Death on a Cruise Ship is a Reminder of Deficient Medical Facilities on Ships
A passenger’s death on a cruise ship tends to make the news. A recent news story about a lawsuit against Carnival Cruise Lines is an illustration of the potential dangers of cruising on the high seas.
Man Dies on a Carnival Cruise
The lawsuit alleges that while a man and his wife were on a cruise, the man suffered a heart attack. While the boat was docked, the ship refused to allow the ailing man to get off the ship so that he could obtain medical care on land. The family alleges that the man deteriorated while confined inside the ship’s medical quarters. He ultimately died, leading to a lawsuit that alleges intentional infliction of emotional distress and negligence.
The ship’s doctor had diagnosed the man as having suffered a significant heart attack, and said that he needed a stent implanted. As the family begged to be able to get off the boat where they were docked, they were refused, and the ship left port for its next destination.
When the man died, ship personnel allegedly told the family that they could not even guarantee that the man’s body would make it to their hometown in Pennsylvania.
The cruise line’s position is that it acted in accordance with the man’s family’s intentions. Further, they contend that the local hospital was not equipped to perform the procedures that the man needed, even if he was allowed to get off the ship, as the family requested.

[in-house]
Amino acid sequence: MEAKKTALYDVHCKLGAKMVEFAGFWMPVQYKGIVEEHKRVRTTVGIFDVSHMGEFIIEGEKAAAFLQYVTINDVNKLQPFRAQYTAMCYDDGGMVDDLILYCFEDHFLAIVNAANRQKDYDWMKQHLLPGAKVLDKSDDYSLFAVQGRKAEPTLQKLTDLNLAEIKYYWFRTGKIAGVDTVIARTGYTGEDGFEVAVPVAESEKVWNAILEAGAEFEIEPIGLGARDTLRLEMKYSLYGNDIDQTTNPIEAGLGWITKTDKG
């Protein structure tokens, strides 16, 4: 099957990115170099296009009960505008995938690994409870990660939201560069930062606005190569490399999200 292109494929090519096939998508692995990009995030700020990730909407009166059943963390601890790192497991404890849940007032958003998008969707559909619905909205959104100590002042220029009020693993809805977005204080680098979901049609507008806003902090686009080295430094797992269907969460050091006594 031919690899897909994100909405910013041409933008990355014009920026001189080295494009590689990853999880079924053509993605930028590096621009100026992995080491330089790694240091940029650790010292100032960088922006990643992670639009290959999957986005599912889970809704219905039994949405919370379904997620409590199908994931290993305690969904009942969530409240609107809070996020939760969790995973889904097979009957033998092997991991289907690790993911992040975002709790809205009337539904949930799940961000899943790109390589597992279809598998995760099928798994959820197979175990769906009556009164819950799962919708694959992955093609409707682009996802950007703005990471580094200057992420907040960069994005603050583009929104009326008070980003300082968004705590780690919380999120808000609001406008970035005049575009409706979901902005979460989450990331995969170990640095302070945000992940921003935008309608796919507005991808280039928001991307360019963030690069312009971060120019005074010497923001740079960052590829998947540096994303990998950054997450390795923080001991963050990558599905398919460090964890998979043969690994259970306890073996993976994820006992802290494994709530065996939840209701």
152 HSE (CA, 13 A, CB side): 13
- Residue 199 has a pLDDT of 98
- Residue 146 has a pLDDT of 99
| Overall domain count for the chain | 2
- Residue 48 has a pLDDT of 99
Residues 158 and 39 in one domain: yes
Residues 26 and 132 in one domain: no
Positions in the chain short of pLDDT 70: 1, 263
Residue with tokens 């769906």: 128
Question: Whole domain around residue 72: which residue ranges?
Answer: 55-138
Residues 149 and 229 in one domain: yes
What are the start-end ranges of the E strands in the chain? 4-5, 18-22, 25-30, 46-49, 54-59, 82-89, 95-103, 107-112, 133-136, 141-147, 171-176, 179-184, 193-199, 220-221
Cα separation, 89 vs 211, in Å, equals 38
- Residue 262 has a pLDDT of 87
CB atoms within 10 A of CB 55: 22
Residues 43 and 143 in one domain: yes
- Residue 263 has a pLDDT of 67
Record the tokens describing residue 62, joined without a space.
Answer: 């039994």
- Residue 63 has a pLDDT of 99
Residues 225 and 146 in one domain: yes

Medical Facilities on Ships May be Lacking
The case is a reminder about the lack of medical attention that is available on cruise ships. Most ships’ medical facilities are only required to follow the regulations of whatever country’s flag they fly,—not necessarily under the stringent requirements of a United States hospital and law. In fact, many medical facilities on ships are more like doctor’s offices than hospitals, and are ill equipped to diagnose, treat or handle serious medical emergencies.
These medical facilities are not pharmacies, carrying only the most basic medications. Patients who rely on or who may need specialized medications may not be able to get them. Ships often do not have the equipment or staff to conduct diagnostic scans such as MRIs or CT scans.
On the other hand, there are cruise lines who force people off of the ship if in dire need of medical care.
Malpractice Cases Against Cruise Lines
Many courts are hesitant to hold cruise lines responsible for medical malpractice, as ships are not floating hospitals. In some cases, doctors may be independent contractors, leaving victims to try to sue individuals or small, foreign companies.
If you are a victim of malpractice on a cruise ship or anywhere else, we can help. The West Palm Beach personal injury attorneys at Celeste Law Firm can assist you in recovering damages for your injuries.